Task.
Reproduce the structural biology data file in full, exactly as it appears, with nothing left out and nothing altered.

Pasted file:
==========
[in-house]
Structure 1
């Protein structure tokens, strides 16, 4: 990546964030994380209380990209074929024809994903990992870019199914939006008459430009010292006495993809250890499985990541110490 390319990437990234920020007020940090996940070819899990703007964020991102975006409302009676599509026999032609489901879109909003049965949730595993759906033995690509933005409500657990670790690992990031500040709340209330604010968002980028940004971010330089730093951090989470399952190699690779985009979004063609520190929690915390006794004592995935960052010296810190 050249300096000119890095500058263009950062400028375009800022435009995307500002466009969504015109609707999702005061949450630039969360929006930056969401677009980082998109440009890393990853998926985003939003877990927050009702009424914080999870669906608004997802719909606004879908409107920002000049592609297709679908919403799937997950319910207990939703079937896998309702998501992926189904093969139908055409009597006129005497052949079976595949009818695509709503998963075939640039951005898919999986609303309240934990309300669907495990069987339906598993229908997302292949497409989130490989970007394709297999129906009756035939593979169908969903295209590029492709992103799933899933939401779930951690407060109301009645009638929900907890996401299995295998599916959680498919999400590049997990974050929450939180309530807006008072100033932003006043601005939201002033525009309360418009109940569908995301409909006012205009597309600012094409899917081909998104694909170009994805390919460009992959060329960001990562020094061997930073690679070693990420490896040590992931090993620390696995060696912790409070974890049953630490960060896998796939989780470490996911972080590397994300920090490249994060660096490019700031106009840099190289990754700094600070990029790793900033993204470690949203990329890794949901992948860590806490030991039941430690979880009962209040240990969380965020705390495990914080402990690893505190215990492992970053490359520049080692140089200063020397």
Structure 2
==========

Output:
[in-house]
Structure 1
């Protein structure tokens, strides 16, 4: 990546964030994380209380990209074929024809994903990992870019199914939006008459430009010292006495993809250890499985990541110490 390319990437990234920020007020940090996940070819899990703007964020991102975006409302009676599509026999032609489901879109909003049965949730595993759906033995690509933005409500657990670790690992990031500040709340209330604010968002980028940004971010330089730093951090989470399952190699690779985009979004063609520190929690915390006794004592995935960052010296810190 050249300096000119890095500058263009950062400028375009800022435009995307500002466009969504015109609707999702005061949450630039969360929006930056969401677009980082998109440009890393990853998926985003939003877990927050009702009424914080999870669906608004997802719909606004879908409107920002000049592609297709679908919403799937997950319910207990939703079937896998309702998501992926189904093969139908055409009597006129005497052949079976595949009818695509709503998963075939640039951005898919999986609303309240934990309300669907495990069987339906598993229908997302292949497409989130490989970007394709297999129906009756035939593979169908969903295209590029492709992103799933899933939401779930951690407060109301009645009638929900907890996401299995295998599916959680498919999400590049997990974050929450939180309530807006008072100033932003006043601005939201002033525009309360418009109940569908995301409909006012205009597309600012094409899917081909998104694909170009994805390919460009992959060329960001990562020094061997930073690679070693990420490896040590992931090993620390696995060696912790409070974890049953630490960060896998796939989780470490996911972080590397994300920090490249994060660096490019700031106009840099190289990754700094600070990029790793900033993204470690949203990329890794949901992948860590806490030991039941430690979880009962209040240990969380965020705390495990914080402990690893505190215990492992970053490359520049080692140089200063020397």
Structure 2